The grounding of a drill rig in the Gulf of Alaska has sparked much concern in the commercial fisheries industry over possible adverse affects of the grounding on anticipated harvests.
Federal regulators were asked on Jan. 15 to allow public scrutiny into an emergency 60-day review of Arctic drilling plans by the Interior Department.
Public Employees for Environmental Responsibility is urging federal regulators to meet with independent experts in open session rather than with industry representatives behind closed doors, and to create an advisory council for local residents to participate in decision making.
PEER officials noted that Interior Secretary Ken Salazar has already ordered a two-month review of plans by Royal Dutch Shell to resume oil and gas exploration in the Beaufort and Chukchi seas for the summer of 2013. Salazar ordered the review following a series of incidents with Shell. These included failure of Shell’s oil spill containment dome, and more recently, the grounding of the drill rig.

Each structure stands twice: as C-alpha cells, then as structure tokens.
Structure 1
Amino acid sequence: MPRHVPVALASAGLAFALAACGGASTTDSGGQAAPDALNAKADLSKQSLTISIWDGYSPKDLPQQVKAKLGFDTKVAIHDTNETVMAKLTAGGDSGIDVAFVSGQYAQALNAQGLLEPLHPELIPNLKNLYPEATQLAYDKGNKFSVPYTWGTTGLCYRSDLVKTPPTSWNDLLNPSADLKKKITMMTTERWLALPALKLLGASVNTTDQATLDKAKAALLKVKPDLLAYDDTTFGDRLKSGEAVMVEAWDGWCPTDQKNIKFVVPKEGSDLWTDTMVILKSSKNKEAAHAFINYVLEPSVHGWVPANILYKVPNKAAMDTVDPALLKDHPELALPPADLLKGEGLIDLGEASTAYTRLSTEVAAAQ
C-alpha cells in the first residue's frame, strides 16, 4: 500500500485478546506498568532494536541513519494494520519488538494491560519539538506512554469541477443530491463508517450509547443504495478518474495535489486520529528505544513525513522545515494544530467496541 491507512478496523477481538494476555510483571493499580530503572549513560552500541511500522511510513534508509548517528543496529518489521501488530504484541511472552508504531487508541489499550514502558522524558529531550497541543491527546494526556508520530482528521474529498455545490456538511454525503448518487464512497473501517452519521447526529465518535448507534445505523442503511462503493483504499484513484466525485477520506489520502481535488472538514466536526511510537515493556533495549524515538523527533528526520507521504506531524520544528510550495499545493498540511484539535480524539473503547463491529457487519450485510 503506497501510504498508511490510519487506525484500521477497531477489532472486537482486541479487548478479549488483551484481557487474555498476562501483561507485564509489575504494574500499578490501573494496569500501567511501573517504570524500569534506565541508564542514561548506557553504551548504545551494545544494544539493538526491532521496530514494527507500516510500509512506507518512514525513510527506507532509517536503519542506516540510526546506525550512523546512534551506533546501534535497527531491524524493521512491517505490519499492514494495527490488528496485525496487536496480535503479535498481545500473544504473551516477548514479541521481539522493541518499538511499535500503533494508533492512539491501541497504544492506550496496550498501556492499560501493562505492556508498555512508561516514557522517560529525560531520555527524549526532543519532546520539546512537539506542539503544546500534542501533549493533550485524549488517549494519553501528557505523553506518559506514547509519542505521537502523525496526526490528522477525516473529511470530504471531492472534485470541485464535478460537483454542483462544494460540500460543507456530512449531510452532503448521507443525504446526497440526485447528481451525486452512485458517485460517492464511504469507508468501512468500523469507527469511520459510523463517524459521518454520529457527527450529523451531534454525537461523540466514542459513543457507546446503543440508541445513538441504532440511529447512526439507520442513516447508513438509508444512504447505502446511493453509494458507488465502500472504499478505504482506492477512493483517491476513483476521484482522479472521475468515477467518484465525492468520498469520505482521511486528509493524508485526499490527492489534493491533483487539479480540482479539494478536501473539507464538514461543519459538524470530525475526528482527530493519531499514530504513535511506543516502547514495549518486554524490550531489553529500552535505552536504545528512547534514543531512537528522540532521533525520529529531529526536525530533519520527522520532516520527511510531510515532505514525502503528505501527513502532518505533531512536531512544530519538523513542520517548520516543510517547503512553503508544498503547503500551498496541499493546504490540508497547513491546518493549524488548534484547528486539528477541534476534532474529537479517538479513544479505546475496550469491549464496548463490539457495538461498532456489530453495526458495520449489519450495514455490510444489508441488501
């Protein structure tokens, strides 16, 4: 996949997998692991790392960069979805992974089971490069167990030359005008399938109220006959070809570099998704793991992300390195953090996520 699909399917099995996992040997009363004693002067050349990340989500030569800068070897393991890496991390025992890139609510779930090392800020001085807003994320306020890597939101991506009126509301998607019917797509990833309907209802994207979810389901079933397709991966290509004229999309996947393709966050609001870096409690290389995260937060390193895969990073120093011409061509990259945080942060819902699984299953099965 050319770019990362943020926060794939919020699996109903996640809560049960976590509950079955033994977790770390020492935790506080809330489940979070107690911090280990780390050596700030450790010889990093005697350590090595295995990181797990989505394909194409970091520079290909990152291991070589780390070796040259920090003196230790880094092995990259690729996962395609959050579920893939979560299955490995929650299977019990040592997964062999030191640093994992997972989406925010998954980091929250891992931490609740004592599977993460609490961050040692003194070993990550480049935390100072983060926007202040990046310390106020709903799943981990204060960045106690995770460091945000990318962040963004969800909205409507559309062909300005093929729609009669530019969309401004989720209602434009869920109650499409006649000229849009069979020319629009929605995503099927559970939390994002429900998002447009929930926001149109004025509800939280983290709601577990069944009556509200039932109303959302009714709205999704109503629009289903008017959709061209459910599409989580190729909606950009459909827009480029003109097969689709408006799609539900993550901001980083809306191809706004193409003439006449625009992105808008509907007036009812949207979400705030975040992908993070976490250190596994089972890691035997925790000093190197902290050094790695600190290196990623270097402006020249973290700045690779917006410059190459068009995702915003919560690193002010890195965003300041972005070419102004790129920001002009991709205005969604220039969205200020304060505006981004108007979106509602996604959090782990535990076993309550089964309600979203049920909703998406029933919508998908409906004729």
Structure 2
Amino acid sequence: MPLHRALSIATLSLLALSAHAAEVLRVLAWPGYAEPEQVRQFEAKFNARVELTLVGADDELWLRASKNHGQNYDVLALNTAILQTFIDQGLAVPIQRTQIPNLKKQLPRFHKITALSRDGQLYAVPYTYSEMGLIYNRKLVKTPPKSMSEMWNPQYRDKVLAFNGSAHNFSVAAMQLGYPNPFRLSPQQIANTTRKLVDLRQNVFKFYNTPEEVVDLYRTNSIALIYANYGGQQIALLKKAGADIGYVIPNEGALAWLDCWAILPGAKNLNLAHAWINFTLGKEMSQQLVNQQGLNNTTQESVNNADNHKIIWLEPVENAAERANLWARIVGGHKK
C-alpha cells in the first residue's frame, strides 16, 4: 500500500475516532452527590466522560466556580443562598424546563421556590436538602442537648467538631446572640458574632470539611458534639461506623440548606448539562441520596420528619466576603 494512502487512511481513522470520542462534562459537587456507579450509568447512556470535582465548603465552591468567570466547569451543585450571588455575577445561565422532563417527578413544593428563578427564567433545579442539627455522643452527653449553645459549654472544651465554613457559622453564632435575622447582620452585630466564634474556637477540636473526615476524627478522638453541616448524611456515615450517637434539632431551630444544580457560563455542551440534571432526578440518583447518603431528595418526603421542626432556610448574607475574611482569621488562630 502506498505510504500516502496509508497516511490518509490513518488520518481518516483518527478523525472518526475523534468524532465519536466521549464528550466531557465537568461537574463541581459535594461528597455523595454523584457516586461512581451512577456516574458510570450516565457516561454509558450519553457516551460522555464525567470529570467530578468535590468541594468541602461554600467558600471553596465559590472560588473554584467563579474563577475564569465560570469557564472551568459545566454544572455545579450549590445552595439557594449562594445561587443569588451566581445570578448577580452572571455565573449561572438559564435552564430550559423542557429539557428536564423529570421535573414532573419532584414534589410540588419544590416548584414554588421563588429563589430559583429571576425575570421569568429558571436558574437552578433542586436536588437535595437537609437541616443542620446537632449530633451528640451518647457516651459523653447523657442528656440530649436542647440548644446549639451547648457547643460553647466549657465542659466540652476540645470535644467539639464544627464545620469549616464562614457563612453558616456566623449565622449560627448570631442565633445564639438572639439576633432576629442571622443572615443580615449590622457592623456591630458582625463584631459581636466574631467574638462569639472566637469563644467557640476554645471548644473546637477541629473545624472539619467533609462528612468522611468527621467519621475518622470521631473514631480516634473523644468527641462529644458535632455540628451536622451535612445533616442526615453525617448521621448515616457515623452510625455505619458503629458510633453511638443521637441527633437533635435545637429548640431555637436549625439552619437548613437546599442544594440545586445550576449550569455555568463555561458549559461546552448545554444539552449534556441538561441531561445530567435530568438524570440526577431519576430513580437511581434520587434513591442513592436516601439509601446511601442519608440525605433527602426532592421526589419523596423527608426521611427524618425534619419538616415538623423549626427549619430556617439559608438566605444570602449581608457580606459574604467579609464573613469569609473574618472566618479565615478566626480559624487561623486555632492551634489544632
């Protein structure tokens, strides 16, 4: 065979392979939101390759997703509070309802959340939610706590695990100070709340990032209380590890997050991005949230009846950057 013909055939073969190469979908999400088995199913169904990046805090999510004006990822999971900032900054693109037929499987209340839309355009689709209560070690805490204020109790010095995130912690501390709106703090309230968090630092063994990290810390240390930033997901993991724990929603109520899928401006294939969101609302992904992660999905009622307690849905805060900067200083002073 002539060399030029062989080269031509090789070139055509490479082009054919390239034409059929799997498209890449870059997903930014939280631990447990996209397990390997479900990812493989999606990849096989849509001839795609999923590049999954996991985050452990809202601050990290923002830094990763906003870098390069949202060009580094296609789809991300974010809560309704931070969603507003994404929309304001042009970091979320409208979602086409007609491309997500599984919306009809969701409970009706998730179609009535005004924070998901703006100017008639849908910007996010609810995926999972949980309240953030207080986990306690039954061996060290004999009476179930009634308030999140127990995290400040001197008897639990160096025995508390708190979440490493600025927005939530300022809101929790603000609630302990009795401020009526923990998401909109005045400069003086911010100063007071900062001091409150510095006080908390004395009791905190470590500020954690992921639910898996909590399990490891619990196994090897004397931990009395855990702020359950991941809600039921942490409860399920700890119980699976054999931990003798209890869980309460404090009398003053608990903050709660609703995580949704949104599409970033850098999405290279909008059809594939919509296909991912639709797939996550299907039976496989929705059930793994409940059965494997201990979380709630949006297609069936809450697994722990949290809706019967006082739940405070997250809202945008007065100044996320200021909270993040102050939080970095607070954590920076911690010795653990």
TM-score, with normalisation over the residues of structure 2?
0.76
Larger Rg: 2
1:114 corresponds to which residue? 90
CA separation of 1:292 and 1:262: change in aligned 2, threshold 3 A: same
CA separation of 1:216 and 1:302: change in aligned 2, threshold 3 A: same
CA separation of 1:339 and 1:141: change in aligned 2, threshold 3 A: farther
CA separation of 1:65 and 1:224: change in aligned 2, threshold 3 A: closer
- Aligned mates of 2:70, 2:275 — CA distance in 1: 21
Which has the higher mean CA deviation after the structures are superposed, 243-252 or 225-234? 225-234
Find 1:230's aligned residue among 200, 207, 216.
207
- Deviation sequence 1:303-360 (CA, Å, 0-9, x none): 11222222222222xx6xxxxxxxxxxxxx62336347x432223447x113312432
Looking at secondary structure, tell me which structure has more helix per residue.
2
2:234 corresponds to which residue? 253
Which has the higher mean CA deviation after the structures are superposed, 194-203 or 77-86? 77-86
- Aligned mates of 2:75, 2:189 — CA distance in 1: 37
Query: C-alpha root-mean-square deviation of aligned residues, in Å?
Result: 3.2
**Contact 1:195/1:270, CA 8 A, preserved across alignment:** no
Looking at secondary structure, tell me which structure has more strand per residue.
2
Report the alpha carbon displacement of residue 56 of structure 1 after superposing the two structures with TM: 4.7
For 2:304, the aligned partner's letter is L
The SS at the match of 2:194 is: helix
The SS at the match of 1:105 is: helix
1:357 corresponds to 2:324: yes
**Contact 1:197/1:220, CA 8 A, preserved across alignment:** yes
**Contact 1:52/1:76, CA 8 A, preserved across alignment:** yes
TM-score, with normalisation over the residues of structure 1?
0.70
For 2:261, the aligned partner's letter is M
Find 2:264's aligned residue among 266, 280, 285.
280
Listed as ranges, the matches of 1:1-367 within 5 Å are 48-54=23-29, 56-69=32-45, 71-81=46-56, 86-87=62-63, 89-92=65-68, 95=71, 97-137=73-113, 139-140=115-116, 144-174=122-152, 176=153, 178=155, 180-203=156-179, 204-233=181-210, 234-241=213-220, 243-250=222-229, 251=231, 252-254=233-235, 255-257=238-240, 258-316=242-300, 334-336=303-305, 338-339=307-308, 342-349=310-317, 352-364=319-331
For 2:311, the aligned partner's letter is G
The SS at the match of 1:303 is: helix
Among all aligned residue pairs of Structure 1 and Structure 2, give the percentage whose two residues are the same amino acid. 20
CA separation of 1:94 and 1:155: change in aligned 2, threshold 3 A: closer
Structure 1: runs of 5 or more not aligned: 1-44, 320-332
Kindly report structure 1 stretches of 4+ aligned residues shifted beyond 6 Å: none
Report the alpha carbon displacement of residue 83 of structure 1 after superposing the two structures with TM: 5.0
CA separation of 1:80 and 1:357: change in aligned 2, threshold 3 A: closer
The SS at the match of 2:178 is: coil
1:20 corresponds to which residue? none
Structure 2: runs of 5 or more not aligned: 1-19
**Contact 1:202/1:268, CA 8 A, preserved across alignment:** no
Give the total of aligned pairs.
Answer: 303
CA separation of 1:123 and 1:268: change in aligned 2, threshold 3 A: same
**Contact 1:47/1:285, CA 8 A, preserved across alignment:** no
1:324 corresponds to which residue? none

“More than a self-review will be required to restore public confidence that this is not another eco-catastrophe waiting to happen, said PEER executive director Jeff Ruch.
PEER officials said noted that the British government on Jan. 15 rejected a report from a committee of the British Parliament which urged a moratorium on offshore oil and gas drilling in the Arctic until stronger pill prevention, response and recovery safeguards are secured. But the Cameron government did agree with recommendations from British lawmakers that marine preserves are needed in Arctic waters and that local residents have a role in decision making.
“Until we can effectively address these residual risk factors, it’s time for a ‘tie-out’ in Arctic offshore drilling,” said Rick Steiner, an expert in oil spill response and retired University of Alaska professor. “Unless these uncertainties are resolved, a real catastrophe may occur.”